Humor in Heels

Playing Sherlock Holmes. Or: How to Choose a Non-Murdering Cab Driver in Abu Dhabi

I have a weird thing against taxi drivers. Whenever I step into a cab, I am convinced they are going to try to hustle me.

Or kill me.

I once shared a cab with Liana while we were in Amsterdam. I was tripping hard on a space cake and lost sense of time and space.

I became convinced that we had been in the cab for hours (turns out, it was minutes). And that the driver was taking us to a deserted field on the outskirts of the city where he planned to murder us in cold blood. Probably with an axe.

Like I said, tripping hard on a space cake.

Spoiler alert: I never made it to my hostel and am currently dead.

I think it’s the utter lack of control that gets to me.



Despite my skittishness around taxis, I do use them. Especially while traveling.

Especially when a friend is soooooo excited to see me after I have flown eighteen hours to visit her in a foreign country, that she opts not to pick me up from the airport and instead suggests that I get a cab to her apartment.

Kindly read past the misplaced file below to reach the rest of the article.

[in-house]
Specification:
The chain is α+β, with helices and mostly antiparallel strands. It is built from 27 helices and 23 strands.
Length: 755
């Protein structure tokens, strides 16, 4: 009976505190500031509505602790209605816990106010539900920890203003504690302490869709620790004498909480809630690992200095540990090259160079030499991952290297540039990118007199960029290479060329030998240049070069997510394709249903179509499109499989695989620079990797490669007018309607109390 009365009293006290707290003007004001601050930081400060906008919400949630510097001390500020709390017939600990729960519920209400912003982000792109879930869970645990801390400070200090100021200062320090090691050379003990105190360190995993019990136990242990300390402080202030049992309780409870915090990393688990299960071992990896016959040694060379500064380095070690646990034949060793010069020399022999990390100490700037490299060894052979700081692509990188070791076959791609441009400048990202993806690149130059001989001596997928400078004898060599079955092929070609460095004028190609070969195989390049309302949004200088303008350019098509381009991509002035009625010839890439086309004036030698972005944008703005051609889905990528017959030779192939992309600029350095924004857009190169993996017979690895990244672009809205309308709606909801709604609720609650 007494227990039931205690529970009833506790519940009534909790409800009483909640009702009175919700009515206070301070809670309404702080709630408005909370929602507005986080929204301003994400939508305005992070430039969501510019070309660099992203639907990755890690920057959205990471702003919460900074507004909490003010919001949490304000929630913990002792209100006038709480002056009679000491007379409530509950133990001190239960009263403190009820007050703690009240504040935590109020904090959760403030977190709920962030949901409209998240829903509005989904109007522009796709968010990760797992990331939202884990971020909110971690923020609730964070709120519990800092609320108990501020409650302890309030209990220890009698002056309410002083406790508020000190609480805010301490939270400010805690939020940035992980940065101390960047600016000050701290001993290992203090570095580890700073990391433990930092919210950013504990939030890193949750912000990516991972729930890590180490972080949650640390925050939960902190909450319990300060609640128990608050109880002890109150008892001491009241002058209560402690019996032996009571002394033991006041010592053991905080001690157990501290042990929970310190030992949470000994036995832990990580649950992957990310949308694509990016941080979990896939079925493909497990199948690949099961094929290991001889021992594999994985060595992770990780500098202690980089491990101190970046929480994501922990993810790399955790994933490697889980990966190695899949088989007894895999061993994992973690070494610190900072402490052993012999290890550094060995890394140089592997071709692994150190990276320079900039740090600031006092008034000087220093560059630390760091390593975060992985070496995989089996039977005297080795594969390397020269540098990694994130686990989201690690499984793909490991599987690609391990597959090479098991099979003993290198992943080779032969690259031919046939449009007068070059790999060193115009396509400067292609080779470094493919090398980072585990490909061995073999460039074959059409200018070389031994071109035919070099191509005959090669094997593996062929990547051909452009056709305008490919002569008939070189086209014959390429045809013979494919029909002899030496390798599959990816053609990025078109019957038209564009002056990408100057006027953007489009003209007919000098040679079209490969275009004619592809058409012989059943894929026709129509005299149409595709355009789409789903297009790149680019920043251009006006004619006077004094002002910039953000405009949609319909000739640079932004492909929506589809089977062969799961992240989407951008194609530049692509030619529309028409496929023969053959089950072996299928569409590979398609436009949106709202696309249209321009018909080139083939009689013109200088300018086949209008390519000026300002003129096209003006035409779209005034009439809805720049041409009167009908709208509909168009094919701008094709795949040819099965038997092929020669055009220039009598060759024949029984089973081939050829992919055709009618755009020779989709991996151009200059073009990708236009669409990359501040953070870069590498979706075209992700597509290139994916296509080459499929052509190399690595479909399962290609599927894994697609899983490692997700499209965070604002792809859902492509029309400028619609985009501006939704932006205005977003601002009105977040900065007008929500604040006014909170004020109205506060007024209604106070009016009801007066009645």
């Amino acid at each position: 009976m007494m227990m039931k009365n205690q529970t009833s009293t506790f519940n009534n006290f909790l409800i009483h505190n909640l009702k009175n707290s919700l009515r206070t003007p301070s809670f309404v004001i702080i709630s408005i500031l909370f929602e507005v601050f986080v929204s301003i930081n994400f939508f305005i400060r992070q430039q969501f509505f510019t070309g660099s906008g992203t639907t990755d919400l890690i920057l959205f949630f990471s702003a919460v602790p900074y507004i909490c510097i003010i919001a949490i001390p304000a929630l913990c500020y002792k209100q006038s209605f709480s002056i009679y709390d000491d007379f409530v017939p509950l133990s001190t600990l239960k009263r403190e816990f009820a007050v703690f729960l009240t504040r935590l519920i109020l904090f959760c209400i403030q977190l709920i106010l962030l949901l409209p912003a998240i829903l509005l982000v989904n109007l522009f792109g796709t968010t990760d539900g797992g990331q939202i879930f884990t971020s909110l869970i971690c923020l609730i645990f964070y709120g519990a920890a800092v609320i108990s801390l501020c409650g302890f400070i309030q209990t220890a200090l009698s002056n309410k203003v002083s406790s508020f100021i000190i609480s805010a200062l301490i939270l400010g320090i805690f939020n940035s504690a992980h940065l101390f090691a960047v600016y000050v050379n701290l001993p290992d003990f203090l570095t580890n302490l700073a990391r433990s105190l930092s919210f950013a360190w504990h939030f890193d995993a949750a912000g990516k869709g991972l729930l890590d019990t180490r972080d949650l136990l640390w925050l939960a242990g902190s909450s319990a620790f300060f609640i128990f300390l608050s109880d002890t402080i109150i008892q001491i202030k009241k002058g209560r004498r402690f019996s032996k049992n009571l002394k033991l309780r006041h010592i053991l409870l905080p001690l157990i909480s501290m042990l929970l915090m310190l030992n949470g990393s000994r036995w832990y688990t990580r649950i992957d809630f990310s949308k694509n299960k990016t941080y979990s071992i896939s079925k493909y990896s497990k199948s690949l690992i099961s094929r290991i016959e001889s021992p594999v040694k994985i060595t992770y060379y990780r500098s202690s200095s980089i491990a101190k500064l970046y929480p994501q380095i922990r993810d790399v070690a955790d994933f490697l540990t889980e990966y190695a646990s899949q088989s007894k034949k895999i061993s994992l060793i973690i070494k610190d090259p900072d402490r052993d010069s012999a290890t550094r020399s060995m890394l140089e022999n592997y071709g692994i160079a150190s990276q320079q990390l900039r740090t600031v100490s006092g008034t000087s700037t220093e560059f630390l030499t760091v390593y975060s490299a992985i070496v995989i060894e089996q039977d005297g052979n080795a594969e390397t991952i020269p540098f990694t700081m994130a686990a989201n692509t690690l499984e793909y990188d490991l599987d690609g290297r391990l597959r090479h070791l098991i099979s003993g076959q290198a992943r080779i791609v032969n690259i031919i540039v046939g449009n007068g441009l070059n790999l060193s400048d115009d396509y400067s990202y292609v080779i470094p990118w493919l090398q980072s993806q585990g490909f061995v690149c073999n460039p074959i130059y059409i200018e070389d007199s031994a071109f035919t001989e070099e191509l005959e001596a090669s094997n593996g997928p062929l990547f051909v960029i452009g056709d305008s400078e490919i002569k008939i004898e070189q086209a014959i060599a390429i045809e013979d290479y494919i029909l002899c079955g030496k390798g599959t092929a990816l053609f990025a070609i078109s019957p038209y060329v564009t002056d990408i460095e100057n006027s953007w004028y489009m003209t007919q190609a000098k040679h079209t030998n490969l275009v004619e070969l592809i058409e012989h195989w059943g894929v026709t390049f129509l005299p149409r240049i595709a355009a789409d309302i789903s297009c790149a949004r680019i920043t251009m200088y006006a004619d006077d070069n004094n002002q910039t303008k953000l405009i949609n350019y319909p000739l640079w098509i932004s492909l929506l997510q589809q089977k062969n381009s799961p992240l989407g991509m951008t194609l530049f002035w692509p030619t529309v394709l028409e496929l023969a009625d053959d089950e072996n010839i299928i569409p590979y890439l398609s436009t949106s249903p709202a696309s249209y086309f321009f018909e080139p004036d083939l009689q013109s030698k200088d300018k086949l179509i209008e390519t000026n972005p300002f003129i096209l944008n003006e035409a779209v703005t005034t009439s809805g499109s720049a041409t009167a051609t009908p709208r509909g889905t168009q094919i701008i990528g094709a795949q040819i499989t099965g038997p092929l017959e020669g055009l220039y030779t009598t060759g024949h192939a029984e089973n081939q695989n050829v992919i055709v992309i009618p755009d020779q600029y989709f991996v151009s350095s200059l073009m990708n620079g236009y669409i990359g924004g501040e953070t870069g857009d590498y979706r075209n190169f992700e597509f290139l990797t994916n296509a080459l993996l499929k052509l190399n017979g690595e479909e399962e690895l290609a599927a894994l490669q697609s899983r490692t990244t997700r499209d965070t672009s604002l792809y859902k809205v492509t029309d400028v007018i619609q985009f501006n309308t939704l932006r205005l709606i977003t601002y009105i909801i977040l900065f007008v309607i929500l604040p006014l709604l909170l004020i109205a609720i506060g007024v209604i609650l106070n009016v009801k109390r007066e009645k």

I’m sorry, was that sarcasm too thinly veiled?

Allow me to be more clear: I flew from Minnesota to Abu Dhabi to visit Louise and she told me to get a damn cab from the airport to her apartment, rather than pick me up herself.


Ok, I made her take the airport shuttle bus when she came to visit me in Barcelona, but that is not the point!

The point is, after eighteen hours of flying, I had finally landed in the Abu Dhabi airport and had successfully reconnected with my luggage.

The next step was to find the exit and a cab driver.

I walked through the unfamiliar terminal, trying to get my bearings. But frankly, I was feeling quite overwhelmed.

Maybe it sounds silly to feel overwhelmed in an airport (after all, they’re just carbon copies of each other, right? If you’ve seen one, you’ve seen ‘em all.). But it’s easy to feel disoriented after a long flight.

Plus, I’m not totally clear on the UAE’s perspective on women.

Is it weird that I’m traveling alone?

Should I be more protective of myself? Of my things?

Where should I be on a scale of conservatively cautious to viciously vigilant?

So, while I’m trying to gauge my surroundings and whether I’m attracting undo attention, I’m also trying to locate the damn exit.

Which is about as much cognitive ability as my mind can handle.

On a good day.

Lucky for me, airports are pretty much idiot-proof.

I was able to find the exit: a large, sliding glass door, which was part of a wall of massive windows that brought sunny, natural light into the bleak, grey terminal.

Even I couldn’t miss it.

I figured I would walk outside and find the taxi stand, no problem.

But before I could walk outside, three guys stepped into my path, bringing me and my rolling luggage to a sudden halt.